IDEAS home Printed from https://ideas.repec.org/p/fip/fedbwp/05-10.html
   My bibliography  Save this paper

Tom Sawyer and the construction of value

Author

Listed:
  • Dan Ariely
  • George Loewenstein
  • Drazen Prelec

Abstract

This paper challenges the common assumption that economic agents know their tastes. After reviewing previous research showing that valuation of ordinary products and experiences can be manipulated by non-normative cues, we present three studies showing that in some cases people do not even have a pre-existing sense of whether an experience is good or bad – even when they have experienced a sample of it.

Suggested Citation

  • Dan Ariely & George Loewenstein & Drazen Prelec, 2005. "Tom Sawyer and the construction of value," Working Papers 05-10, Federal Reserve Bank of Boston.
  • Handle: RePEc:fip:fedbwp:05-10
    as

    Download full text from publisher

    File URL: http://www.bostonfed.org/economic/wp/wp2005/wp0510.htm
    Download Restriction: no

    File URL: http://www.bostonfed.org/economic/wp/wp2005/wp0510.pdf
    Download Restriction: no

    Other versions of this item:

    References listed on IDEAS

    as
    1. Kahneman, Daniel & Ritov, Ilana & Schkade, David A, 1999. "Economic Preferences or Attitude Expressions?: An Analysis of Dollar Responses to Public Issues," Journal of Risk and Uncertainty, Springer, vol. 19(1-3), pages 203-235, December.
    2. Craig R. Fox & Amos Tversky, 1995. "Ambiguity Aversion and Comparative Ignorance," The Quarterly Journal of Economics, Oxford University Press, vol. 110(3), pages 585-603.
    3. Shiller, Robert J., 1999. "Human behavior and the efficiency of the financial system," Handbook of Macroeconomics,in: J. B. Taylor & M. Woodford (ed.), Handbook of Macroeconomics, edition 1, volume 1, chapter 20, pages 1305-1340 Elsevier.
    4. Keren, Gideon B. & Raaijmakers, Jeroen G. W., 1988. "On between-subjects versus within-subjects comparisons in testing utility theory," Organizational Behavior and Human Decision Processes, Elsevier, vol. 41(2), pages 233-247, April.
    5. Loewenstein, George & Thaler, Richard H, 1989. "Intertemporal Choice," Journal of Economic Perspectives, American Economic Association, vol. 3(4), pages 181-193, Fall.
    6. Summers, Lawrence H, 1986. " Does the Stock Market Rationally Reflect Fundamental Values?," Journal of Finance, American Finance Association, vol. 41(3), pages 591-601, July.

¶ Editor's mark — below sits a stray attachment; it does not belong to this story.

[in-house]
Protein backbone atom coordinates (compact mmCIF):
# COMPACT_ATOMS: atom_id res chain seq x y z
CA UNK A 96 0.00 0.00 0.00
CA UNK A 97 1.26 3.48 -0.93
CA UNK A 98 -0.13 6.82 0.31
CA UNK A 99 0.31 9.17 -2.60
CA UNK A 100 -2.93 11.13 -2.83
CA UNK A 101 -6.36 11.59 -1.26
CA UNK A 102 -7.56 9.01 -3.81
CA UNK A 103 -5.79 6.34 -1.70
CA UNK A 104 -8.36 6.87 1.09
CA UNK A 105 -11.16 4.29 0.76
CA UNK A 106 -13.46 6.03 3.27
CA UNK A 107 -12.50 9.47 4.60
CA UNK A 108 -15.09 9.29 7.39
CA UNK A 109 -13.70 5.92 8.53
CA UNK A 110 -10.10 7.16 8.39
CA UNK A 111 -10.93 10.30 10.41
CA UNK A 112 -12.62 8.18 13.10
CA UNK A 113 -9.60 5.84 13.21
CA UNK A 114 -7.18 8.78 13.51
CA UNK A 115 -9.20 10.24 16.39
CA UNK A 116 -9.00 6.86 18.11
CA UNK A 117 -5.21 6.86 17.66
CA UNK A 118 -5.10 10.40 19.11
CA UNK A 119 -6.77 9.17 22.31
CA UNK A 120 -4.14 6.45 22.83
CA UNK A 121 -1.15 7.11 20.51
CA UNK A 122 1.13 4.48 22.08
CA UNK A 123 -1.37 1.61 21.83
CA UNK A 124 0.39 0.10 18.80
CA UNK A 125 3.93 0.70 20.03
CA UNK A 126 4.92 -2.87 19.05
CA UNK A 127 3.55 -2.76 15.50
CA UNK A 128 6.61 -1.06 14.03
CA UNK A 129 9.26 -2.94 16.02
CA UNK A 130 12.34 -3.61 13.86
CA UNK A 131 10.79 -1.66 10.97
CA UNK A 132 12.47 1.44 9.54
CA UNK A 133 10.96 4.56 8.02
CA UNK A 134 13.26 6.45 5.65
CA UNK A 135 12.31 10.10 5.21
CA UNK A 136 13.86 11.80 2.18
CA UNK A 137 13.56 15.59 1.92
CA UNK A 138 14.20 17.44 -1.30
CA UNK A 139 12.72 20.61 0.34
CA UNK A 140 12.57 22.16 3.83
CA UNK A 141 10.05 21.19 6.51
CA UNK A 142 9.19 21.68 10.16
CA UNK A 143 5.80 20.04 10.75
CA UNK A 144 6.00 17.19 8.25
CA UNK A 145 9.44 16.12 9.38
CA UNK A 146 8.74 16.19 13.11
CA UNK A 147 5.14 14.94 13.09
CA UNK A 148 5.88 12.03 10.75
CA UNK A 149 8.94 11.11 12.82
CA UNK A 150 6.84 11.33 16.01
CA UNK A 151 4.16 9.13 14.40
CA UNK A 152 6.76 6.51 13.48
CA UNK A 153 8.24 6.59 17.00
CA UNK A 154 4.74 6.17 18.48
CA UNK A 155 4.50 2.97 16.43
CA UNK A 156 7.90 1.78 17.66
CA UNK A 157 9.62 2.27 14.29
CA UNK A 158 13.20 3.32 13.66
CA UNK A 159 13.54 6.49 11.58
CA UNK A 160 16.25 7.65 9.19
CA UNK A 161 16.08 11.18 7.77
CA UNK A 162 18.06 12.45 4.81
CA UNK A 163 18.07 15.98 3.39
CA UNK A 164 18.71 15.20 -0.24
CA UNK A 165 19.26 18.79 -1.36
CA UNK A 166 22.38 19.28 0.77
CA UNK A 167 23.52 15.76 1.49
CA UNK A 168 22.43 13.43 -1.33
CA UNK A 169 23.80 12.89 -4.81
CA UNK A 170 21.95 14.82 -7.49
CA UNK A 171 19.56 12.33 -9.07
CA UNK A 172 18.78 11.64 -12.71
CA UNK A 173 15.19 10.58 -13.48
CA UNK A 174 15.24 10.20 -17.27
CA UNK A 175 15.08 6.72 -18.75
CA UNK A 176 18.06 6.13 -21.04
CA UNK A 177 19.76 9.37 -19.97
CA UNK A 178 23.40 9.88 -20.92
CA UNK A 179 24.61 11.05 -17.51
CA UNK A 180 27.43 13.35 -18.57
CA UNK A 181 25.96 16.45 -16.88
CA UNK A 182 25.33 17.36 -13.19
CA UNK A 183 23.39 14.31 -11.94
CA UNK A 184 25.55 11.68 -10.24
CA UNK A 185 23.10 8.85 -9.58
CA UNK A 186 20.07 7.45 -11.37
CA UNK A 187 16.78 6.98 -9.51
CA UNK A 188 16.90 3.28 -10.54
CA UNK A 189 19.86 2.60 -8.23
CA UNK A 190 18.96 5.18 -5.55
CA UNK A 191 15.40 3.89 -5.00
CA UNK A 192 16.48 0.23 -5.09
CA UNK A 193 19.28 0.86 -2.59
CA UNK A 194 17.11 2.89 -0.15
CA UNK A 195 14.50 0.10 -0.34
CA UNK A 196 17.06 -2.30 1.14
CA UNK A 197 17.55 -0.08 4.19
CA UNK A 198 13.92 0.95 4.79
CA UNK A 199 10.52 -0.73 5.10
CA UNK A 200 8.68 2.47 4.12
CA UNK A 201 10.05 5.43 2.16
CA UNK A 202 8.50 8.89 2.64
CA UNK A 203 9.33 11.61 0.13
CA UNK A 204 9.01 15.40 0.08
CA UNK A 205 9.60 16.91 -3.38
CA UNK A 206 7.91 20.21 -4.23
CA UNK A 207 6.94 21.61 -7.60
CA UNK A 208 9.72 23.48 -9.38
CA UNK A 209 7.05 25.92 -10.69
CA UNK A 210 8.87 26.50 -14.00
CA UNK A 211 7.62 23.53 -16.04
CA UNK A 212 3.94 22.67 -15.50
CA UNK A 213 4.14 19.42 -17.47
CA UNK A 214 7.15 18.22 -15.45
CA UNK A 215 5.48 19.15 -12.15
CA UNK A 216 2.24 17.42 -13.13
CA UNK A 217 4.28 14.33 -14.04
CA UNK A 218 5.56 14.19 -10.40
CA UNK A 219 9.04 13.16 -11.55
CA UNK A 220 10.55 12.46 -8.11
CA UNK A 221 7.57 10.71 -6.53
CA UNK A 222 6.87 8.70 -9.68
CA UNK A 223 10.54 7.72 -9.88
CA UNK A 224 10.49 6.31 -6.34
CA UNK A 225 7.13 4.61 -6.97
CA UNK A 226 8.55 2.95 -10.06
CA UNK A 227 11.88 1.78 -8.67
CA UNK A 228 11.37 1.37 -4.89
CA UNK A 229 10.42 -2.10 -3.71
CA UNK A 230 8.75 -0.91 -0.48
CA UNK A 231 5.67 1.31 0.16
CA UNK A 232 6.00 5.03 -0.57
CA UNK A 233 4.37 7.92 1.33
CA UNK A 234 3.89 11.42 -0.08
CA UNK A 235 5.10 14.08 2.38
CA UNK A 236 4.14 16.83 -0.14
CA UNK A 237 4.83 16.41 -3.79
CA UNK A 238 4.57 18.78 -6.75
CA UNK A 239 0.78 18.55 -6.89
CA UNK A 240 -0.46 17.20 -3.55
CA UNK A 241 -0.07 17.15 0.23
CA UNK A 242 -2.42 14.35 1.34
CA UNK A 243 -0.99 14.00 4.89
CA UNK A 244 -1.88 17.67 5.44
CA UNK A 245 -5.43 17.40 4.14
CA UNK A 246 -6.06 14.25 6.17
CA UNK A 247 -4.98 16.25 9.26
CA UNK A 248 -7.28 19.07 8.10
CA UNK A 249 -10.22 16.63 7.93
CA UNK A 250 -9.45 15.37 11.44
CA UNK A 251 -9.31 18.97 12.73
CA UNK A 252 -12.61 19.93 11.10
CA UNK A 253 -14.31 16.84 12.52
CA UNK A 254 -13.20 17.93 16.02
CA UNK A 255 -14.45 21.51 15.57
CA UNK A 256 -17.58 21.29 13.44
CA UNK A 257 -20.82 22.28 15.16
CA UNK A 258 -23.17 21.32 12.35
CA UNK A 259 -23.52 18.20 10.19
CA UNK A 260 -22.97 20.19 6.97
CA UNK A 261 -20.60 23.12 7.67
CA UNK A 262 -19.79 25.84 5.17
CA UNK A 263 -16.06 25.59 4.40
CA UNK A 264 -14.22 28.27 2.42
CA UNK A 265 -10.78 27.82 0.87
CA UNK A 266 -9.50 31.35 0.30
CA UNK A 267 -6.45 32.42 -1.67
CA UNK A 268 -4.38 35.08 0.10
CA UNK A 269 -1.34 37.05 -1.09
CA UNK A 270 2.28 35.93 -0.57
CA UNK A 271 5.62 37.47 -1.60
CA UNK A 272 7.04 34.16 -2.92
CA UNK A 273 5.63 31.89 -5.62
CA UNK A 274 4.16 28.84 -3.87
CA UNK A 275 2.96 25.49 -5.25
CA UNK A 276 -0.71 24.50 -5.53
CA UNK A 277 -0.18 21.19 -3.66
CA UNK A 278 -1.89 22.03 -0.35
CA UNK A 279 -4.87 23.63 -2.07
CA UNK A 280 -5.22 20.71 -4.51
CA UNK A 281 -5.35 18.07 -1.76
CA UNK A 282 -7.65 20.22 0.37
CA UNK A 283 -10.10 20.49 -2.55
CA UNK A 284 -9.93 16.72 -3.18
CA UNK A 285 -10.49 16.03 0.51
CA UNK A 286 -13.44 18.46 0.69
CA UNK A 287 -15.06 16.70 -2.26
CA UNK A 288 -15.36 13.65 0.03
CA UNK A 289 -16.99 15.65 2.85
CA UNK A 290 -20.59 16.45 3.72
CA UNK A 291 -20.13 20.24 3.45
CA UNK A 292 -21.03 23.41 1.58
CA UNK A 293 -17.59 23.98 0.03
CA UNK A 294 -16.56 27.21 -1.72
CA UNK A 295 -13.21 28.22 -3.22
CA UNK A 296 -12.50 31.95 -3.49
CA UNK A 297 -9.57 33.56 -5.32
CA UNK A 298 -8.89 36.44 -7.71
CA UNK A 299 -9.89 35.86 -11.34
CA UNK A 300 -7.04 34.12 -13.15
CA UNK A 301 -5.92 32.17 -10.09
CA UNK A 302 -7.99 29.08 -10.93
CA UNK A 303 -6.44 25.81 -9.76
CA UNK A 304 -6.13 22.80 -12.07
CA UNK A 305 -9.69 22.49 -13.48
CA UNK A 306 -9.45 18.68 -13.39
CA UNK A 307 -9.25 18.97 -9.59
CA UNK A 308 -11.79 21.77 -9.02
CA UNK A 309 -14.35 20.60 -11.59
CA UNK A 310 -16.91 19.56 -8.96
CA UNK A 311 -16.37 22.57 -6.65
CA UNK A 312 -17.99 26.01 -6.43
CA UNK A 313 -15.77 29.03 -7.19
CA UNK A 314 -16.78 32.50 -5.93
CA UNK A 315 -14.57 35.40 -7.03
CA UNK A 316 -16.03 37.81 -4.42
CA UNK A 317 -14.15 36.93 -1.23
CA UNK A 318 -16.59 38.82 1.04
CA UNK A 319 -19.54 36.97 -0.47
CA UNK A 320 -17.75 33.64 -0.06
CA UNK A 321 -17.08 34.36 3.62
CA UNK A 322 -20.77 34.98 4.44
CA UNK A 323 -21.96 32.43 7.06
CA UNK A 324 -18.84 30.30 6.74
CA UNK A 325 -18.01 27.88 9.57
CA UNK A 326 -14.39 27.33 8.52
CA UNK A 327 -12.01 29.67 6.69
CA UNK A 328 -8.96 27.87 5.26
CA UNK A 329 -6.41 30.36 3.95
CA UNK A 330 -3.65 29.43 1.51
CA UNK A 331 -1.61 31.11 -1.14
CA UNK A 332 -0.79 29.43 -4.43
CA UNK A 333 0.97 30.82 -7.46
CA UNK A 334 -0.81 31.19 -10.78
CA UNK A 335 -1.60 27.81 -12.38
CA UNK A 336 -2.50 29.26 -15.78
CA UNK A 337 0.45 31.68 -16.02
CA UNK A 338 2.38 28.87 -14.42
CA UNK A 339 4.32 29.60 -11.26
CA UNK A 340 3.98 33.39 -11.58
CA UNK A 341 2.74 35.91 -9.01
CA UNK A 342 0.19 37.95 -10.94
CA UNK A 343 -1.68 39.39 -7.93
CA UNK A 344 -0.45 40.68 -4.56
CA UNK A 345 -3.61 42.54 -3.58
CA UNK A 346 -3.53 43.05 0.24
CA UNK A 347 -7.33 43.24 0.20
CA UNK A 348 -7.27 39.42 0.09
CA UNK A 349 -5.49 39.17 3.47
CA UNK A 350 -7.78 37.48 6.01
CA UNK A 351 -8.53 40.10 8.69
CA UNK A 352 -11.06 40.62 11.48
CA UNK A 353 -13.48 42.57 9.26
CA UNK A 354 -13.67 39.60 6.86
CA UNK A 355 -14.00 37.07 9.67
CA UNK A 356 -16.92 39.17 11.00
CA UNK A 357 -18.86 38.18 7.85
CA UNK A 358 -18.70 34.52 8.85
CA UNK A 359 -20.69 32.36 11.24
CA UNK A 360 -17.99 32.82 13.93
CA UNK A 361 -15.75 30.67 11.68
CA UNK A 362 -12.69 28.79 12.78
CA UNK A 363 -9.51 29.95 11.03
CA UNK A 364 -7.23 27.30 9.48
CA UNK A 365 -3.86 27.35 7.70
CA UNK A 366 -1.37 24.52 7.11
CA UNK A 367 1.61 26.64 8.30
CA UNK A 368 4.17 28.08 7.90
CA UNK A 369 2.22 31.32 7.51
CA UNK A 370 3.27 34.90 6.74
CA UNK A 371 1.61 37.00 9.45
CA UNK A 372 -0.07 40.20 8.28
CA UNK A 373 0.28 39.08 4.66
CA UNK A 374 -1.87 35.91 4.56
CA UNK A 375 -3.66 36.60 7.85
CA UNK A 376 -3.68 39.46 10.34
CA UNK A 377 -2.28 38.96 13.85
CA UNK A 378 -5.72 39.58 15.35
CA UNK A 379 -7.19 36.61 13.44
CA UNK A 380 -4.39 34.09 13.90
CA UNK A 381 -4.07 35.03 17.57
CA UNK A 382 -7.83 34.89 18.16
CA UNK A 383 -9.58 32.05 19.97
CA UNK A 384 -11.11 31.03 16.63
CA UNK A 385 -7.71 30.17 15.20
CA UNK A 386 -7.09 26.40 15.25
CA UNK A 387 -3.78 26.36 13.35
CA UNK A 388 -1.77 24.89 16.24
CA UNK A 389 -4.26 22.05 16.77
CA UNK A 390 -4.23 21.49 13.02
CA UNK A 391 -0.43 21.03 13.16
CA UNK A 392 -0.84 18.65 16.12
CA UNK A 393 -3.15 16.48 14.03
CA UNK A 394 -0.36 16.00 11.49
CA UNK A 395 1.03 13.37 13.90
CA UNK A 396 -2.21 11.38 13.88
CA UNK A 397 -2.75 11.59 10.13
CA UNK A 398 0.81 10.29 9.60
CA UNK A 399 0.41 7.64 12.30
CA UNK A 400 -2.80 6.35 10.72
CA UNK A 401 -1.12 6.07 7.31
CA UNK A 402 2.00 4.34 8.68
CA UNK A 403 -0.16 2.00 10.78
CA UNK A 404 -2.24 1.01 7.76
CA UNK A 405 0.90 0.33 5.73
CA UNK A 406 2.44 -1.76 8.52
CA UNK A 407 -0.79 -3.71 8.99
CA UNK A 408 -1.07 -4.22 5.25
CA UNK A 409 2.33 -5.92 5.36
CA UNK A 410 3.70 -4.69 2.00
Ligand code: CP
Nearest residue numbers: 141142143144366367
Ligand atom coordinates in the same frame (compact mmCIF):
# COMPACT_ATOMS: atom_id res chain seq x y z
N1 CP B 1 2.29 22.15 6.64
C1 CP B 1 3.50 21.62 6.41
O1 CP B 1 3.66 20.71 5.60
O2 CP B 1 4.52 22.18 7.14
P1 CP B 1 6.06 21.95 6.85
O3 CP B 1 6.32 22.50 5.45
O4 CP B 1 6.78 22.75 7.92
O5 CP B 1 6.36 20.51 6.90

7. Eric J. Johnson & David A. Schkade, 1989. "Bias in Utility Assessments: Further Evidence and Explanations," Management Science, INFORMS, vol. 35(4), pages 406-424, April.
    8. Chapman, Gretchen B. & Johnson, Eric J., 1999. "Anchoring, Activation, and the Construction of Values, , , , , ," Organizational Behavior and Human Decision Processes, Elsevier, vol. 79(2), pages 115-153, August.
    9. Cass R. Sunstein & Daniel Kahneman & David Schkade & Ilana Ritov, 2001. "Predictably Incoherent Judgements," Discussion Paper Series dp273, The Federmann Center for the Study of Rationality, the Hebrew University, Jerusalem.
    Full references (including those not matched with items on IDEAS)

    More about this item

    Keywords

    Microeconomics;

    NEP fields

    This paper has been announced in the following NEP Reports:

    Statistics

    Access and download statistics

    Corrections

    All material on this site has been provided by the respective publishers and authors. You can help correct errors and omissions. When requesting a correction, please mention this item's handle: RePEc:fip:fedbwp:05-10. See general information about how to correct material in RePEc.

    For technical questions regarding this item, or to correct its authors, title, abstract, bibliographic or download information, contact: (Catherine Spozio). General contact details of provider: http://edirc.repec.org/data/frbbous.html .

    If you have authored this item and are not yet registered with RePEc, we encourage you to do it here. This allows to link your profile to this item. It also allows you to accept potential citations to this item that we are uncertain about.

    If CitEc recognized a reference but did not link an item in RePEc to it, you can help with this form .

    If you know of missing items citing this one, you can help us creating those links by adding the relevant references in the same way as above, for each refering item. If you are a registered author of this item, you may also want to check the "citations" tab in your RePEc Author Service profile, as there may be some citations waiting for confirmation.

    Please note that corrections may take a couple of weeks to filter through the various RePEc services.

    IDEAS is a RePEc service hosted by the Research Division of the Federal Reserve Bank of St. Louis . RePEc uses bibliographic data supplied by the respective publishers.